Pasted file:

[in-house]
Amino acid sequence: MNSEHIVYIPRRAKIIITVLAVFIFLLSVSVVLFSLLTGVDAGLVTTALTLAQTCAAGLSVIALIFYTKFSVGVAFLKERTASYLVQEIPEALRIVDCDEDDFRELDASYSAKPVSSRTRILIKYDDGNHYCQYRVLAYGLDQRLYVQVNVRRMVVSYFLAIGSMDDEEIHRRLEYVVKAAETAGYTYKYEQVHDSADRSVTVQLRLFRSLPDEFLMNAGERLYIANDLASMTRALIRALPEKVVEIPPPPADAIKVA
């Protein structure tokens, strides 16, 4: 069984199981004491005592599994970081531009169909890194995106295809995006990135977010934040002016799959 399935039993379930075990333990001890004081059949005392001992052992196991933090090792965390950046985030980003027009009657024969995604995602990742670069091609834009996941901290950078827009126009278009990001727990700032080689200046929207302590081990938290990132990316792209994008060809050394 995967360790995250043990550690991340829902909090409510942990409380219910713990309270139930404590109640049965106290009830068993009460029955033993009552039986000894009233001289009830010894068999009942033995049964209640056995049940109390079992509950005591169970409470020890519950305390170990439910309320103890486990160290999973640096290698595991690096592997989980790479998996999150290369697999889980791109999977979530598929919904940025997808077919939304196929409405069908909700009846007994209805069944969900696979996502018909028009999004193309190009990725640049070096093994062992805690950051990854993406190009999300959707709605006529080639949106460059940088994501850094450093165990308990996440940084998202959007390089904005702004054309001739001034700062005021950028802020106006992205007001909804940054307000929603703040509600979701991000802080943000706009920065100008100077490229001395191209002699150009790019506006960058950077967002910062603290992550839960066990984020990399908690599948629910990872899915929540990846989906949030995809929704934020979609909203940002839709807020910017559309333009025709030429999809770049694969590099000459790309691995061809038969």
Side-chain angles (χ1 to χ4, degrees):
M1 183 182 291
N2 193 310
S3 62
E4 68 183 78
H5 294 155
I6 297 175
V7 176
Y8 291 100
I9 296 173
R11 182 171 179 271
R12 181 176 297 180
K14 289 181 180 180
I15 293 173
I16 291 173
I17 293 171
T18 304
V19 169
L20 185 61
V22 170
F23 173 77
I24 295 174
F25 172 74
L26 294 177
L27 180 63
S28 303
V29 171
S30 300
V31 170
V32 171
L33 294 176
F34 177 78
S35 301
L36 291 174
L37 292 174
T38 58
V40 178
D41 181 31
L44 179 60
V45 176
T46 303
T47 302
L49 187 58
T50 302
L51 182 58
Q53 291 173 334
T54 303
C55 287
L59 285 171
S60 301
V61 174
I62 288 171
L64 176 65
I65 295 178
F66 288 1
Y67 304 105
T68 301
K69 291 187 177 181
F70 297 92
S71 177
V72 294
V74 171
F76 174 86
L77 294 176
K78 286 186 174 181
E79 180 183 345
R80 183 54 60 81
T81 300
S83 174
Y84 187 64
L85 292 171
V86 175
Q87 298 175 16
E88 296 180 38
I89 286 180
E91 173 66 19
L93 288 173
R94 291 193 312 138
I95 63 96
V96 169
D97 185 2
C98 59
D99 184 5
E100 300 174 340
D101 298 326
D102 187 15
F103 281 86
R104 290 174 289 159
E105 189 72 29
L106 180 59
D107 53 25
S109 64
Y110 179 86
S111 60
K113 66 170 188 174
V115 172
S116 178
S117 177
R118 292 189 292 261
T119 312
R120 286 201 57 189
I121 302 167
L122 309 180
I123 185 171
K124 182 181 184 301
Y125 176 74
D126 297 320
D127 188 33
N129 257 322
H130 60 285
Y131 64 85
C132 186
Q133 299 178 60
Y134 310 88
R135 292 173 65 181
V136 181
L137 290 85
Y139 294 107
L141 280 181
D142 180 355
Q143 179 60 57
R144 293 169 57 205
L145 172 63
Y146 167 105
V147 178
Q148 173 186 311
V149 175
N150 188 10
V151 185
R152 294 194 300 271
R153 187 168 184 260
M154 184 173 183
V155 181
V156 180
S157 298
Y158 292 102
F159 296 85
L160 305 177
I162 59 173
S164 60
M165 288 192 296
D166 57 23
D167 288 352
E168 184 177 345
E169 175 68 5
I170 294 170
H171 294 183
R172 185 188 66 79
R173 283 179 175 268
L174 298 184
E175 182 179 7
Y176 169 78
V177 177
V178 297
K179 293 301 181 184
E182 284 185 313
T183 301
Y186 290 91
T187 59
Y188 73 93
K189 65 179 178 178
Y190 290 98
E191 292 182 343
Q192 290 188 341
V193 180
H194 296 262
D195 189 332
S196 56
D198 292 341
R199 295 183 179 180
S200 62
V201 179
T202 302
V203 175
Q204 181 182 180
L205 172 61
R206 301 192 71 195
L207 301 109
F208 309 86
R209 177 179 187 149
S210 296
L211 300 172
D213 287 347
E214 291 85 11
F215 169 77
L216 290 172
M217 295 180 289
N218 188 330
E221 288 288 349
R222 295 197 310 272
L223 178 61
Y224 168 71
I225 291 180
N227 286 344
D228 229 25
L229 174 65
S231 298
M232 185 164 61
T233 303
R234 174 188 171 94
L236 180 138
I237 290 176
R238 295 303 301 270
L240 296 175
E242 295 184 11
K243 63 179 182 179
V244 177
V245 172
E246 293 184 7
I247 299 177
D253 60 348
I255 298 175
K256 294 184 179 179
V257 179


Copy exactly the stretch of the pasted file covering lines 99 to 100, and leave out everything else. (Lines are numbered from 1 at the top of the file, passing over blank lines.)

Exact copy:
V115 172
S116 178